woman with phoneOnce upon a time, in a land far, far away, moms had tribes. It didn’t matter if they lived in a village or city, moms, aunties and grandmothers came together to help and share and bond.  Not so any more.

There are many battle-fronts in the Mommy Wars. But when it comes to the need for community — and the problems with finding it, you might be surprised to learn that at-home moms and outside-of-the-home working moms are in the exact same boat.

Last year, ABC News did a piece on the social isolation working moms experience in the office.  The article quotes Carol Evans, the president of Working Mother Media,  as saying that “Working moms have a tendency to put their heads down and do the work. ”  They want to get their work done in a timely fashion, she said, because “they want to get home to their kids for dinner.” And that’s great for being efficient. But it often leaves moms out of the social world of the workplace. Not having the time or desire to attend after-work happy hours or other social functions can leave moms feelings lonely, even though they spend most of their waking hours surrounded by other adults.

On the other side of the coin, moms who spend their days at home with their kids can find themselves just as isolated. New moms and moms with more than one little one at home can feel overwhelmed with everything involved in getting out. And once they do, most of their energy might be spent focusing on, and keeping track of their children.  “I go to a playgroup”, said one mom, “but we’re all so busy keeping tabs on who’s crawling where or who needs a diaper change that I leave feeling like I hardly got to talk.”

So what’s a mom to do? Sites like Livestrong recognize the issue, but offer little in the way of help. (Take a bath…really? When was the last time a mom with little kids got to take a bath alone?  And how does that help with feeling lonely? Ditto for meditation and going for a walk.  All great things, but hardly a way to feel less alone! Who are these people?? Clearly NOT moms!)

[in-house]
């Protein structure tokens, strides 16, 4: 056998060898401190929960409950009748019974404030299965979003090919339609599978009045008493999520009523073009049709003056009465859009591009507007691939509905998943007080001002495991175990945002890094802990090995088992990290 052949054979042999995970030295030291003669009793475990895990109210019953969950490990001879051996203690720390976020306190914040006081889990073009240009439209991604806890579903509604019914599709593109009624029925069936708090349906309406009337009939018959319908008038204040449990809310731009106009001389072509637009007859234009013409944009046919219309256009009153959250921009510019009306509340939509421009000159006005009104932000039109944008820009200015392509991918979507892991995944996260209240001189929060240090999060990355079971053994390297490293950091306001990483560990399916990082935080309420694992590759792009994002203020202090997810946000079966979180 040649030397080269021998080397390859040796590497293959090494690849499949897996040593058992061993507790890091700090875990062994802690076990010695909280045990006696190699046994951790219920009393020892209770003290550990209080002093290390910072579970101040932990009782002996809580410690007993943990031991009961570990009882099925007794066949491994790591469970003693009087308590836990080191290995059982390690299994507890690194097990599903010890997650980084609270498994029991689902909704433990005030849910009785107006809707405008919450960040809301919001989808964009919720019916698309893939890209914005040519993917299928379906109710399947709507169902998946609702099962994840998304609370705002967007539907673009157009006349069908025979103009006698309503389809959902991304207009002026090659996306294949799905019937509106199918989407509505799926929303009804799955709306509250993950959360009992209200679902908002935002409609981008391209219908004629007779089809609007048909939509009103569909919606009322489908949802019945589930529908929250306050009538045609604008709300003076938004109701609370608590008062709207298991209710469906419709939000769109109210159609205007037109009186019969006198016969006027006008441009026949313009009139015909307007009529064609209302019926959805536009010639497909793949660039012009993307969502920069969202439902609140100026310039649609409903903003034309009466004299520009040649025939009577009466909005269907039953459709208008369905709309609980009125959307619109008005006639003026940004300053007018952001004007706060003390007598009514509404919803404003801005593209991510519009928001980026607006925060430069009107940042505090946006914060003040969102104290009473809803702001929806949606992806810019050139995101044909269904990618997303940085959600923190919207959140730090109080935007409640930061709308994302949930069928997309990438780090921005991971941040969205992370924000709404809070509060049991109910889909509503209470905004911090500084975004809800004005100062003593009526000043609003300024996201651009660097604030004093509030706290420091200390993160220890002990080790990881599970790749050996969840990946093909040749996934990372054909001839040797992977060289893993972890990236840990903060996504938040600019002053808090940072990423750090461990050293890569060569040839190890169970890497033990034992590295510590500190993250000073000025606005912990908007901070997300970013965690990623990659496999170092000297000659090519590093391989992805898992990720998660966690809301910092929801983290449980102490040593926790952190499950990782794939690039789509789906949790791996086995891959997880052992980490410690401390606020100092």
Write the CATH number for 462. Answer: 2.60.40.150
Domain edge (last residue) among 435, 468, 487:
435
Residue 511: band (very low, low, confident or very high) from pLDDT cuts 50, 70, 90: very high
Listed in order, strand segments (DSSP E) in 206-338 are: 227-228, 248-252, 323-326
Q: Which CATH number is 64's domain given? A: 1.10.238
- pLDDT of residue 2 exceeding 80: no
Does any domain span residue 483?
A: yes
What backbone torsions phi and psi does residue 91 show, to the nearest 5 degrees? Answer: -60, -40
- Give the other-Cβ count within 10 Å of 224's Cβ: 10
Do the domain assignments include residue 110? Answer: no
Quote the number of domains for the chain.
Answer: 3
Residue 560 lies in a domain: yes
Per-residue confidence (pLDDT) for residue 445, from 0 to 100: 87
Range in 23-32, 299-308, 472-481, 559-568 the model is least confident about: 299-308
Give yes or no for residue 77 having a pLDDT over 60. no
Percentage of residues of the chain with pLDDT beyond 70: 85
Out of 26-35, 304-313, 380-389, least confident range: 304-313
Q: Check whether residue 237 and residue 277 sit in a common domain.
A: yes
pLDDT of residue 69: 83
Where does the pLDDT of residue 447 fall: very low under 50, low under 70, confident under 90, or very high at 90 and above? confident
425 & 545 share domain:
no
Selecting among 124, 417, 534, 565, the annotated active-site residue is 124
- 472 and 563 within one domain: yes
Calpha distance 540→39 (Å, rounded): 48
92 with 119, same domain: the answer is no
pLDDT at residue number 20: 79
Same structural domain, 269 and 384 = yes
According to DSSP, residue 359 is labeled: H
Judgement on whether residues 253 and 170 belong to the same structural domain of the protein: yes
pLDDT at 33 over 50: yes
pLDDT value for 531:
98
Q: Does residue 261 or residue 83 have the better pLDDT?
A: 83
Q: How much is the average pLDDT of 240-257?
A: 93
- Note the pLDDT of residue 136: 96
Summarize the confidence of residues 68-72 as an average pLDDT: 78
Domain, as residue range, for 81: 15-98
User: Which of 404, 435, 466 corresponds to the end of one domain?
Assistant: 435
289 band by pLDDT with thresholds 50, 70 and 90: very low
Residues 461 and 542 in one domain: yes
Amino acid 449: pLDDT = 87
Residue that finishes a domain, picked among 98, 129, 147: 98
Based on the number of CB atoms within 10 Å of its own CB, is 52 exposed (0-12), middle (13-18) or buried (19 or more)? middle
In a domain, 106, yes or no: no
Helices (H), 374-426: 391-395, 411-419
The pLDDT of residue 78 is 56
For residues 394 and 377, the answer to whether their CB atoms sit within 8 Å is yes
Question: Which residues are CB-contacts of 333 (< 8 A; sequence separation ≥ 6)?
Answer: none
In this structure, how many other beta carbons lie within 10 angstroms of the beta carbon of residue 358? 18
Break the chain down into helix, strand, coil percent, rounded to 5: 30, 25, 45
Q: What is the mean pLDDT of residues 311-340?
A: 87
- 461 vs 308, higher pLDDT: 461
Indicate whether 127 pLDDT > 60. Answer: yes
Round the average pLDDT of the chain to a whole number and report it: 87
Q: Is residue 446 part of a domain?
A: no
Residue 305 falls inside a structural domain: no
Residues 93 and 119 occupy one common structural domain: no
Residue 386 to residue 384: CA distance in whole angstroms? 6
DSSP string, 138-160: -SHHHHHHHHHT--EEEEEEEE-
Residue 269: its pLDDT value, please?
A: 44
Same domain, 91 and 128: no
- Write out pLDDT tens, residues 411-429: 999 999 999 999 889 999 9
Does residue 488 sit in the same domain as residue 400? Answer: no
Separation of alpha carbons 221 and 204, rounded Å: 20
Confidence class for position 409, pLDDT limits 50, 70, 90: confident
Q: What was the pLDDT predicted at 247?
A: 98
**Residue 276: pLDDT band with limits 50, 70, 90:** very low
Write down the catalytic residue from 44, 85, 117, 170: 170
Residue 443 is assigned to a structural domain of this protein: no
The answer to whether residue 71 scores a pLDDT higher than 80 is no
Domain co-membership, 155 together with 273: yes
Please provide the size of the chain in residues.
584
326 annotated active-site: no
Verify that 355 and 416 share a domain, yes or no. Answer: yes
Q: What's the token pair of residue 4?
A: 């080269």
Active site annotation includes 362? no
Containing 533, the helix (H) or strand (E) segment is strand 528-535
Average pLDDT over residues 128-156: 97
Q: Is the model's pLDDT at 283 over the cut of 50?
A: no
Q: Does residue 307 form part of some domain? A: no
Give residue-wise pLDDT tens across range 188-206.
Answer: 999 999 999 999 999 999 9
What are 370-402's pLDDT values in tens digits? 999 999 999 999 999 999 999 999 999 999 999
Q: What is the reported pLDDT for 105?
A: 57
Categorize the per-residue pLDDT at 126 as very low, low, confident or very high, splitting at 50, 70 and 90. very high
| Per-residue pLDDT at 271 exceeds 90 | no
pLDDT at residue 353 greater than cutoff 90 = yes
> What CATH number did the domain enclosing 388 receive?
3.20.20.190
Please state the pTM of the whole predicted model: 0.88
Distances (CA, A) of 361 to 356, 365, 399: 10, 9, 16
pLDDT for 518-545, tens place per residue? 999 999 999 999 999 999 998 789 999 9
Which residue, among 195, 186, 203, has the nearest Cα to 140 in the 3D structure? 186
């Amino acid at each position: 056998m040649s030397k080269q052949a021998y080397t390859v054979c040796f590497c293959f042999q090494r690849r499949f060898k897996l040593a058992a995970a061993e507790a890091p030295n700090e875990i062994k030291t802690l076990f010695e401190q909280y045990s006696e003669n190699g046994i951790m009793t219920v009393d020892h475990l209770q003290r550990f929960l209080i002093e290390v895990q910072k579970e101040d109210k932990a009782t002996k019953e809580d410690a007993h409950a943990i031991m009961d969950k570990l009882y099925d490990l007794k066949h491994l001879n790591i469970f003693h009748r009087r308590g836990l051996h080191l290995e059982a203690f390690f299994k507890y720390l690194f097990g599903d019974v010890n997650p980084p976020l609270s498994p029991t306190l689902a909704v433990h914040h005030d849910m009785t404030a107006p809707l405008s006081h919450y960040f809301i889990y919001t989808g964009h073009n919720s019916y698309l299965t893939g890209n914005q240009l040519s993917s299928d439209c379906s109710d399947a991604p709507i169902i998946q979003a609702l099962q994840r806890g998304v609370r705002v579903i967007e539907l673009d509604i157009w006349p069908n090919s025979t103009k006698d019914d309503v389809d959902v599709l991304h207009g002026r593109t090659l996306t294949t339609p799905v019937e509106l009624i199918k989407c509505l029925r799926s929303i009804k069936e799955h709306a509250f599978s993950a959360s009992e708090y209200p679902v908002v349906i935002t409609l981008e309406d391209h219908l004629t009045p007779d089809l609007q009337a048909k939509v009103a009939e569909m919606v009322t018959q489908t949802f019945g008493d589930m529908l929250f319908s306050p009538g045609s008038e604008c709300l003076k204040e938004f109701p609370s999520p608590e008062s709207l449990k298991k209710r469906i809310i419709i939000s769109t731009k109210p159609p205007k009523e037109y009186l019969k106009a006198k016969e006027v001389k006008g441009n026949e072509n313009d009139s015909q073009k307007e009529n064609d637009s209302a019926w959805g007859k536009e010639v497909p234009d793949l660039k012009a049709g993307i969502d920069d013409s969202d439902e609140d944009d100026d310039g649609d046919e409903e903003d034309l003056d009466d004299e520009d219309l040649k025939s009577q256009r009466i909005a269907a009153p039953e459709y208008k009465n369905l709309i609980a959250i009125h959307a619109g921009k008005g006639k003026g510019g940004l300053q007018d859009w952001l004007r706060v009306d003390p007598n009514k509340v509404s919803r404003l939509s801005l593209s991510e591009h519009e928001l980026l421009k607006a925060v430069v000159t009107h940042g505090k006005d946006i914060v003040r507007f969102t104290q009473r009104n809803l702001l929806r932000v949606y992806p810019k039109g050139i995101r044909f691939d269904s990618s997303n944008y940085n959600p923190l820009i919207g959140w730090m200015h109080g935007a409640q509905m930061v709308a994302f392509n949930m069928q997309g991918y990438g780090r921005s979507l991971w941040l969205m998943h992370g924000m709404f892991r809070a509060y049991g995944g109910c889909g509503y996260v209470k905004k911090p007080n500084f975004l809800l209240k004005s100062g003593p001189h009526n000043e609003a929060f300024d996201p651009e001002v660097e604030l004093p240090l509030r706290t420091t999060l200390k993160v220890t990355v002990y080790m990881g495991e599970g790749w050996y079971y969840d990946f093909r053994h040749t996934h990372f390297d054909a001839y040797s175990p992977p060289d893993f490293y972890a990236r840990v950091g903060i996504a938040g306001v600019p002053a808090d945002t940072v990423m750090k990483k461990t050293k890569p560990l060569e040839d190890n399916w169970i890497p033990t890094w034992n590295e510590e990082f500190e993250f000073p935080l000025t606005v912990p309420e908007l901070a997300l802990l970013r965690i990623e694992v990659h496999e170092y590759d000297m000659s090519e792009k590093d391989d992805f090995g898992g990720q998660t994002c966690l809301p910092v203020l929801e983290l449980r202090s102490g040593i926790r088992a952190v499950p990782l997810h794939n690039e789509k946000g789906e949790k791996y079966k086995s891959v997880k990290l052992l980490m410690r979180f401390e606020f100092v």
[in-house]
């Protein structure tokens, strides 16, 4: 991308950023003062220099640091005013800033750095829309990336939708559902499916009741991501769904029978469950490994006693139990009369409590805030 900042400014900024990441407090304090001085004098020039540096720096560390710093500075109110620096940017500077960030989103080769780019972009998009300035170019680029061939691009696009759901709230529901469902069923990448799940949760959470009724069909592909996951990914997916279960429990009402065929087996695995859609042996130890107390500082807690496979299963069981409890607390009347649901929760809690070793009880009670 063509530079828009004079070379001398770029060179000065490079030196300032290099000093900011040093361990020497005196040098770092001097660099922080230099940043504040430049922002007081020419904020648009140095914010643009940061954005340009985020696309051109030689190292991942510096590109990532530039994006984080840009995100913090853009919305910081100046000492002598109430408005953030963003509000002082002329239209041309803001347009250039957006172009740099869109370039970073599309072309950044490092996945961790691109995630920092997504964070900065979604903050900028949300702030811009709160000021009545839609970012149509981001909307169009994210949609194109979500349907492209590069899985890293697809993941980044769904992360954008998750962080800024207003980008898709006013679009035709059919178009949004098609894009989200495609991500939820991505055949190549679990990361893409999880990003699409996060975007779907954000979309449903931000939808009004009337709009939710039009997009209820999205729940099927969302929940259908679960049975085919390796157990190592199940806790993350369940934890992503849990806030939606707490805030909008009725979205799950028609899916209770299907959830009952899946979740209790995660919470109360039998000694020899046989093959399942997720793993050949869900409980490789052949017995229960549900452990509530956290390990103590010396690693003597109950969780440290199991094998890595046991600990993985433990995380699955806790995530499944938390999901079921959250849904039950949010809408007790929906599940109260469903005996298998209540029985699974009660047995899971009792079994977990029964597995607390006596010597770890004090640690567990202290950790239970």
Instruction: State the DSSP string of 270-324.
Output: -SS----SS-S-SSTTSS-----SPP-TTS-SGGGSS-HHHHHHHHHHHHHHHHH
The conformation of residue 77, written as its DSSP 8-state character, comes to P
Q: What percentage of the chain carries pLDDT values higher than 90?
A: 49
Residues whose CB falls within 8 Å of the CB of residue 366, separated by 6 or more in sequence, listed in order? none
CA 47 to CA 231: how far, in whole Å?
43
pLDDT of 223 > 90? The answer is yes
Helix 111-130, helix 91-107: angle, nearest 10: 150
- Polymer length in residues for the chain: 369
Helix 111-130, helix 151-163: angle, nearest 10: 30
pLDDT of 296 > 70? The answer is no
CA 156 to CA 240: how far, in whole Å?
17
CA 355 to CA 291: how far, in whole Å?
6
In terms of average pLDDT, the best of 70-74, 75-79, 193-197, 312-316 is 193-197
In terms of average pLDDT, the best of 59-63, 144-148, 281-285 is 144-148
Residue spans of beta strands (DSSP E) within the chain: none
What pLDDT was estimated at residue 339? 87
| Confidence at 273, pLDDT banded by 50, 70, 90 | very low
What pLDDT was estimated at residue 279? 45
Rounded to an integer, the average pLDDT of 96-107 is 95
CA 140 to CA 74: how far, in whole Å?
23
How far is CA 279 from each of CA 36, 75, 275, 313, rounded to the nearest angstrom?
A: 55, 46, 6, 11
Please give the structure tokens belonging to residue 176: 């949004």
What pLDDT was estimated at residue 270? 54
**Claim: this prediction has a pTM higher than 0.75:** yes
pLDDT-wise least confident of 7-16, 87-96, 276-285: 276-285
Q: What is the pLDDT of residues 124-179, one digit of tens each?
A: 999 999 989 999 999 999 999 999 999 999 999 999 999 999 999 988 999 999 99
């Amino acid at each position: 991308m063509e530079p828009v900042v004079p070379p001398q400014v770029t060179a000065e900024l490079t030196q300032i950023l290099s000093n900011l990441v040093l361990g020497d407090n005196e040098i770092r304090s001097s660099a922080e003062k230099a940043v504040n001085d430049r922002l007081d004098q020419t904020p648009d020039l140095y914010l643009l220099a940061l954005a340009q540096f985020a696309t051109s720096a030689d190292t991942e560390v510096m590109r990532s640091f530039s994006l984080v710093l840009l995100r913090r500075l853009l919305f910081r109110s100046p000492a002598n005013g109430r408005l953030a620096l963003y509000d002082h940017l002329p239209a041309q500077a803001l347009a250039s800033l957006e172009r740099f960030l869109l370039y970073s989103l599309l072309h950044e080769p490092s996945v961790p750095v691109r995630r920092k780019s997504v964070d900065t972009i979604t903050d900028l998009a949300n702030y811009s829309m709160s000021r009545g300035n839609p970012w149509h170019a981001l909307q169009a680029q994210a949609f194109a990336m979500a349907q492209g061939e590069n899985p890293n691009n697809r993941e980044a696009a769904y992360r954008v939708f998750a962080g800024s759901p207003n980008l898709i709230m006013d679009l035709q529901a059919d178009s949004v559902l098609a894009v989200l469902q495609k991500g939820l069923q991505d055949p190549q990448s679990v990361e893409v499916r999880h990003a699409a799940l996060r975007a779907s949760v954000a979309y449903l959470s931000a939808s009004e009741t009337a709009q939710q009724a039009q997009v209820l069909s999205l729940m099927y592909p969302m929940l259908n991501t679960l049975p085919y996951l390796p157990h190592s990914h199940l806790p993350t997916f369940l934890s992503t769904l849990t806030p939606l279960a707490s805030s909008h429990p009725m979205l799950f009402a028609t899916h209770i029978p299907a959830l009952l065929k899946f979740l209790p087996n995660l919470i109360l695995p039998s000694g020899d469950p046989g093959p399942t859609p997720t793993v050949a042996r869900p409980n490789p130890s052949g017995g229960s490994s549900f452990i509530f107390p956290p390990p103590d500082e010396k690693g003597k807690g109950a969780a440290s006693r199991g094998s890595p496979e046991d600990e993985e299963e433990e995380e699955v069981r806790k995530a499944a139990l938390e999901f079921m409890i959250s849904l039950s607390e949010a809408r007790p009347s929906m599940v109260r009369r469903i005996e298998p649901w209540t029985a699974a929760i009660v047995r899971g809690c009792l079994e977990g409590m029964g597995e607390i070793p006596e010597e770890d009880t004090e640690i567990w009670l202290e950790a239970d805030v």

Instead of turning inward, try finding a tribe outside of work or the playgroup set. Making time to attend events like MomCom (happening twice a year in Austin) or similar events can be a great way to connect with other moms who really get what you’re experiencing. And odds are, are also looking for a tribe of their own.  Once you meet other moms, try to create a once a month (or once a week, if you can arrange it) get-together in each other’s homes, a local coffee shop or the gym.

At-home moms can look for groups like Moms Club International that offer Moms Night Out in addition to the typical playgroups.  Moms who head out to work can make time to connect with other parents in the workplace at lunchtime or coffee breaks — even a chat once every couple of weeks can start to break down those feelings of being the only one trying to juggle work and family.

And when you are at home with the kids, or at work with your colleagues, try to make time to find inspiration from other moms. Even a 15 minute Google Hangout or 10 minute podcase can sometimes go along way towards reminding you that your tribe is out there somewhere, just waiting to be found.

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